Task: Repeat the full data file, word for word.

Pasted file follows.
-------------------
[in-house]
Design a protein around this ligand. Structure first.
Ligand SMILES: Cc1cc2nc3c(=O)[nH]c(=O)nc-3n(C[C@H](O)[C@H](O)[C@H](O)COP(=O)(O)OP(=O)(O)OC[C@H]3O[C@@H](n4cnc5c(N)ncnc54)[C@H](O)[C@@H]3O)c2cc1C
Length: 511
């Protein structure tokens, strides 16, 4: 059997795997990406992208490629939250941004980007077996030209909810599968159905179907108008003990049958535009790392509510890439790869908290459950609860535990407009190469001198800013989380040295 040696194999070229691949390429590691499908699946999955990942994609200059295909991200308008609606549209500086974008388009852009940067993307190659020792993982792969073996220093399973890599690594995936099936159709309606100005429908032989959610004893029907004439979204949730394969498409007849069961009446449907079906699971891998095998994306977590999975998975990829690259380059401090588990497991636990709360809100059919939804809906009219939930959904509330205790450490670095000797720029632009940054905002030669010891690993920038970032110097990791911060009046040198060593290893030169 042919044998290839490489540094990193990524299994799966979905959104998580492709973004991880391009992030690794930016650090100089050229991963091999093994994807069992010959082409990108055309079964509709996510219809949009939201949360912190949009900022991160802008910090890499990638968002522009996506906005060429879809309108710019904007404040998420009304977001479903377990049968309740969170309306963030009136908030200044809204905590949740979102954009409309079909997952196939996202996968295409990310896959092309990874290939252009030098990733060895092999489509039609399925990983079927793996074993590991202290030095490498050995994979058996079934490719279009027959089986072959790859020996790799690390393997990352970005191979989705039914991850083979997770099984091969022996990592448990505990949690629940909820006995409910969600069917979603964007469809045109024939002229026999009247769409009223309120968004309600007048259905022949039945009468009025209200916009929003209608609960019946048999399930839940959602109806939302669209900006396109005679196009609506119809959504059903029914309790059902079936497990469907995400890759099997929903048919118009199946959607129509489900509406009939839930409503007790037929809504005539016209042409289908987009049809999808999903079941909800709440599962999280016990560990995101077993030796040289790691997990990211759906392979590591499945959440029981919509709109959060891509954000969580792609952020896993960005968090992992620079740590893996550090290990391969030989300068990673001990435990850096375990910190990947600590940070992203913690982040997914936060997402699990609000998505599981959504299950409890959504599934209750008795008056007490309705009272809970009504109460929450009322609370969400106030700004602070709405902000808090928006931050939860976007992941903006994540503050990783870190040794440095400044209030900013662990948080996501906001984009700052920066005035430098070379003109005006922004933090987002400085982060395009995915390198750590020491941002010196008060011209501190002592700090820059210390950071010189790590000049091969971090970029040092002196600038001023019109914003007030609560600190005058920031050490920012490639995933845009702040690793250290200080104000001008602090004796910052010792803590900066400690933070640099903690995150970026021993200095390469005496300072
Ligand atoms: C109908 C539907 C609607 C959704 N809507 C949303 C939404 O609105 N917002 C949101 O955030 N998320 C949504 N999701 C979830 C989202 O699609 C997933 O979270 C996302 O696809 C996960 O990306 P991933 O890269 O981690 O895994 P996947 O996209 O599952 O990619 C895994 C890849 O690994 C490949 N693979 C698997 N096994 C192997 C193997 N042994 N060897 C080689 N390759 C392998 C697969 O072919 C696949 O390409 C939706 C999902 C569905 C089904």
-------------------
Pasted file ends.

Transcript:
[in-house]
Design a protein around this ligand. Structure first.
Ligand SMILES: Cc1cc2nc3c(=O)[nH]c(=O)nc-3n(C[C@H](O)[C@H](O)[C@H](O)COP(=O)(O)OP(=O)(O)OC[C@H]3O[C@@H](n4cnc5c(N)ncnc54)[C@H](O)[C@@H]3O)c2cc1C
Length: 511
């Protein structure tokens, strides 16, 4: 059997795997990406992208490629939250941004980007077996030209909810599968159905179907108008003990049958535009790392509510890439790869908290459950609860535990407009190469001198800013989380040295 040696194999070229691949390429590691499908699946999955990942994609200059295909991200308008609606549209500086974008388009852009940067993307190659020792993982792969073996220093399973890599690594995936099936159709309606100005429908032989959610004893029907004439979204949730394969498409007849069961009446449907079906699971891998095998994306977590999975998975990829690259380059401090588990497991636990709360809100059919939804809906009219939930959904509330205790450490670095000797720029632009940054905002030669010891690993920038970032110097990791911060009046040198060593290893030169 042919044998290839490489540094990193990524299994799966979905959104998580492709973004991880391009992030690794930016650090100089050229991963091999093994994807069992010959082409990108055309079964509709996510219809949009939201949360912190949009900022991160802008910090890499990638968002522009996506906005060429879809309108710019904007404040998420009304977001479903377990049968309740969170309306963030009136908030200044809204905590949740979102954009409309079909997952196939996202996968295409990310896959092309990874290939252009030098990733060895092999489509039609399925990983079927793996074993590991202290030095490498050995994979058996079934490719279009027959089986072959790859020996790799690390393997990352970005191979989705039914991850083979997770099984091969022996990592448990505990949690629940909820006995409910969600069917979603964007469809045109024939002229026999009247769409009223309120968004309600007048259905022949039945009468009025209200916009929003209608609960019946048999399930839940959602109806939302669209900006396109005679196009609506119809959504059903029914309790059902079936497990469907995400890759099997929903048919118009199946959607129509489900509406009939839930409503007790037929809504005539016209042409289908987009049809999808999903079941909800709440599962999280016990560990995101077993030796040289790691997990990211759906392979590591499945959440029981919509709109959060891509954000969580792609952020896993960005968090992992620079740590893996550090290990391969030989300068990673001990435990850096375990910190990947600590940070992203913690982040997914936060997402699990609000998505599981959504299950409890959504599934209750008795008056007490309705009272809970009504109460929450009322609370969400106030700004602070709405902000808090928006931050939860976007992941903006994540503050990783870190040794440095400044209030900013662990948080996501906001984009700052920066005035430098070379003109005006922004933090987002400085982060395009995915390198750590020491941002010196008060011209501190002592700090820059210390950071010189790590000049091969971090970029040092002196600038001023019109914003007030609560600190005058920031050490920012490639995933845009702040690793250290200080104000001008602090004796910052010792803590900066400690933070640099903690995150970026021993200095390469005496300072
Ligand atoms: C109908 C539907 C609607 C959704 N809507 C949303 C939404 O609105 N917002 C949101 O955030 N998320 C949504 N999701 C979830 C989202 O699609 C997933 O979270 C996302 O696809 C996960 O990306 P991933 O890269 O981690 O895994 P996947 O996209 O599952 O990619 C895994 C890849 O690994 C490949 N693979 C698997 N096994 C192997 C193997 N042994 N060897 C080689 N390759 C392998 C697969 O072919 C696949 O390409 C939706 C999902 C569905 C089904």